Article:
Thermal Stability of Lithium Ion Battery Electrolyte
One of the components found in a lithium ion battery that is typically responsible for mishaps is the electrolyte. In the following article, several experiments were conducted via TGA, DSC and evolved gas analysis to investigate composition, thermal stability and identify the released products.
Lithium ion batteries are now a consistent everyday use item whether we are aware of them or not. They can be found powering our cell phones (mobile phones), laptop computers to larger items such as electric vehicles and airplanes. We often hear negative stories about mishaps that occur with them such as batteries catching on fire. One of the components found in a lithium ion battery that is typically responsible for these detrimental effects is the electrolyte.
In the following study, several experiments were conducted via TGA, DSC and evolved gas analysis to investigate a commonly used electrolyte (1.0 M LiPF6 in EC/DEC=50/50 (v/v) acquired from Sigma-Aldrich) by subjecting it to exposure to the ambient atmosphere (N2, O2, H2O, CO2, etc.). Samples were prepared in a glove bag purged with argon utilizing approximately 8 to10 mg of electrolyte solution pipetted into 40 μl aluminum crucibles that were sealed with aluminum crucible lids that had a laser cut 50 μm pierced hole to allow gases to vent. Samples were loaded and measured with the NETZSCH STA 449 F1Jupiter® coupled to a QMS 403 Aëolos utilizing a 5oC/min heating rate and argon as the purge gas. Differential scanning calorimetry (DSC) was performed to monitor changes in the electrolyte’s composition. Thermogravimetric analysis (TGA) was utilized to measure thermal stability and decomposition temperatures, while evolved gas analysis (EGA) via mass spectrometry (MS) identified the released products.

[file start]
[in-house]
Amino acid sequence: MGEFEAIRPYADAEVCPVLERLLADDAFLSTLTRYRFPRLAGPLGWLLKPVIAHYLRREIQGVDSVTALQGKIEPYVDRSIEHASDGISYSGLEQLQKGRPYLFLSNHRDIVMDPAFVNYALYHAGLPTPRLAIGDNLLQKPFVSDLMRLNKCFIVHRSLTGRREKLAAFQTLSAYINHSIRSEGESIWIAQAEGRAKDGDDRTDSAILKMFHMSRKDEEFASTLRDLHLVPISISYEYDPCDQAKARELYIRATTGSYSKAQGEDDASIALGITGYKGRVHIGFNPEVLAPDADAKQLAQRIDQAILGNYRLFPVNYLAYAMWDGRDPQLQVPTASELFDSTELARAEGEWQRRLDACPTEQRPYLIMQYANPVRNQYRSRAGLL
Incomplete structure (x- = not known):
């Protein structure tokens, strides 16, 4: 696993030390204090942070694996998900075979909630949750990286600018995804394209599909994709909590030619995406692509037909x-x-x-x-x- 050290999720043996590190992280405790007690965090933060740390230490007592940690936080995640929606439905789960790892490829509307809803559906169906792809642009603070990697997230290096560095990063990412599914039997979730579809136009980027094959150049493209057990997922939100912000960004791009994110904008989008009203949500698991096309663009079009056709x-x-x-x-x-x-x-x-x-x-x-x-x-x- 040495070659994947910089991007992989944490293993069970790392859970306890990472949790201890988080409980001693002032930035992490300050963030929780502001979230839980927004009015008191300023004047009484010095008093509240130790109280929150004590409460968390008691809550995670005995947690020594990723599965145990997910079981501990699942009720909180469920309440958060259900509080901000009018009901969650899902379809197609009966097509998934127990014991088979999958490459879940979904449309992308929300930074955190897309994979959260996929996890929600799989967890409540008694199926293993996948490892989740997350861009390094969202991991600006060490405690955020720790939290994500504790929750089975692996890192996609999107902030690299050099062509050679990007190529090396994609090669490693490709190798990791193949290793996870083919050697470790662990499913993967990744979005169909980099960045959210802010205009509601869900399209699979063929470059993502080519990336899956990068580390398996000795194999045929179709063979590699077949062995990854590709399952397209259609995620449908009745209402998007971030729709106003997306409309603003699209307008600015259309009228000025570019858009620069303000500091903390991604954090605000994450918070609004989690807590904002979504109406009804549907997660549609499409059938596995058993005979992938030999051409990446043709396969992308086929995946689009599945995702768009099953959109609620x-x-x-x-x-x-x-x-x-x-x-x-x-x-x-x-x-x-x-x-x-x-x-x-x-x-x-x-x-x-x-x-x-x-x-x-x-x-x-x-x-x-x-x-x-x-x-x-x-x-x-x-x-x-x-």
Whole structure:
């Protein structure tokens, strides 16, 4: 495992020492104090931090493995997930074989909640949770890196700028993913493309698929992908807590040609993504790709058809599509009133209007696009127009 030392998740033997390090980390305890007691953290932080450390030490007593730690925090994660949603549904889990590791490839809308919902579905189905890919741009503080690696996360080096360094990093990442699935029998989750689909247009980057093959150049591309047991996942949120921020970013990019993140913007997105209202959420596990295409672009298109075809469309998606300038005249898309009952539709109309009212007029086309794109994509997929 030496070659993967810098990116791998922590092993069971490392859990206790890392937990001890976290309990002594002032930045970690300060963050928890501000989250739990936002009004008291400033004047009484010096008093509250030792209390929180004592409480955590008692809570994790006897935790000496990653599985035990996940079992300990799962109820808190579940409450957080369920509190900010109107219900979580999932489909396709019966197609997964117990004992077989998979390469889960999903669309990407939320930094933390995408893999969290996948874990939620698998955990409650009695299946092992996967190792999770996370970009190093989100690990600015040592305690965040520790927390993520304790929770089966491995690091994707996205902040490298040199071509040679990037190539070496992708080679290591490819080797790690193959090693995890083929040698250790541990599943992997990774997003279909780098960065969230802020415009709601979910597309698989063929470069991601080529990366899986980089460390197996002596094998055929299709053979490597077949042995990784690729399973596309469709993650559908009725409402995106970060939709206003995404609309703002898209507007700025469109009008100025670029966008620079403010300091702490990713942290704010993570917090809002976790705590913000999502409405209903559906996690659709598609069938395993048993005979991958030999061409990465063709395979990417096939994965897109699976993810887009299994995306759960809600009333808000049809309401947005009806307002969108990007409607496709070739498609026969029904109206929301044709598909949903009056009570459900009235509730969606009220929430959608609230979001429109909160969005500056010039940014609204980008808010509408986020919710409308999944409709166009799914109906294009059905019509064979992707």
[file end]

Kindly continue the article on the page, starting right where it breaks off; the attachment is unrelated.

Results and Discussion
Figure 1 shows the TGA (green), DTG (brown) and DSC (blue) curves of an untreated electrolyte sample consisting of ethylene carbonate (EC), diethyl carbonate (DEC) and lithium hexafluorophosphate (LiPF6). The initial mass loss can be attributed to the evaporation of diethyl carbonate as mass numbers associated with this compound (45, 59, 63, 75 and 91) are found to be peaking around 150oC as seen in Figure 2 with the NIST library mass spectrum of diethyl carbonate shown in Figure 3. When this electrolyte is exposed to ambient atmosphere, the stability and composition begins to change. The transformation can be seen in Figures 4 and 5 where the untreated electrolyte DSC and TGA signals are plotted alongside signals of electrolyte samples that were exposed to ambient atmosphere for various durations. Evolved gas analysis (Figure 6) confirms radical changes when compared to the untreated sample as the biggest indicator was mass numbers pertaining to DEC (45, 59, 63, 75 and 91) were no longer present in the exposed sample.
Lithium ion battery electrolytes are known materials that are sensitive to exposure to ambient atmospheric gases. As shown, thermal and evolved gas analyzers can be used to investigate this material property that could ultimately compromise the product’s functionality and safety.